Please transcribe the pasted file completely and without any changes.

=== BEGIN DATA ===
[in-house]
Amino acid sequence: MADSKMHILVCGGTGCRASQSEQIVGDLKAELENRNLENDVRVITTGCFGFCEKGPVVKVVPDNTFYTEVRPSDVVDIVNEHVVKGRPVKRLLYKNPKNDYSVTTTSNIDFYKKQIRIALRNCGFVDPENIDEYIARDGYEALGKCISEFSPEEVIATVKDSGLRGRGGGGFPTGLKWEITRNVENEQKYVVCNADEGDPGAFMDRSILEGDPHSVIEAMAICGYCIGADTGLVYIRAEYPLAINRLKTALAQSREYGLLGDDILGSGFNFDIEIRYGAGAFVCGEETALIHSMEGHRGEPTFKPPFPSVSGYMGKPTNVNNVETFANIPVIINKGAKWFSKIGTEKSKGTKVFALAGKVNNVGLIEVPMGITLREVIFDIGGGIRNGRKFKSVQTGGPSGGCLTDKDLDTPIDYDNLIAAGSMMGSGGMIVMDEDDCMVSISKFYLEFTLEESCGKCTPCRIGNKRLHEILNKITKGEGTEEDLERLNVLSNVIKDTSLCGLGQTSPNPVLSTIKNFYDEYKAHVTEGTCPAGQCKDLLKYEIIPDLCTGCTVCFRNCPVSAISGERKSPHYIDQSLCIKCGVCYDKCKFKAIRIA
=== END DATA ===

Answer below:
[in-house]
Amino acid sequence: MADSKMHILVCGGTGCRASQSEQIVGDLKAELENRNLENDVRVITTGCFGFCEKGPVVKVVPDNTFYTEVRPSDVVDIVNEHVVKGRPVKRLLYKNPKNDYSVTTTSNIDFYKKQIRIALRNCGFVDPENIDEYIARDGYEALGKCISEFSPEEVIATVKDSGLRGRGGGGFPTGLKWEITRNVENEQKYVVCNADEGDPGAFMDRSILEGDPHSVIEAMAICGYCIGADTGLVYIRAEYPLAINRLKTALAQSREYGLLGDDILGSGFNFDIEIRYGAGAFVCGEETALIHSMEGHRGEPTFKPPFPSVSGYMGKPTNVNNVETFANIPVIINKGAKWFSKIGTEKSKGTKVFALAGKVNNVGLIEVPMGITLREVIFDIGGGIRNGRKFKSVQTGGPSGGCLTDKDLDTPIDYDNLIAAGSMMGSGGMIVMDEDDCMVSISKFYLEFTLEESCGKCTPCRIGNKRLHEILNKITKGEGTEEDLERLNVLSNVIKDTSLCGLGQTSPNPVLSTIKNFYDEYKAHVTEGTCPAGQCKDLLKYEIIPDLCTGCTVCFRNCPVSAISGERKSPHYIDQSLCIKCGVCYDKCKFKAIRIA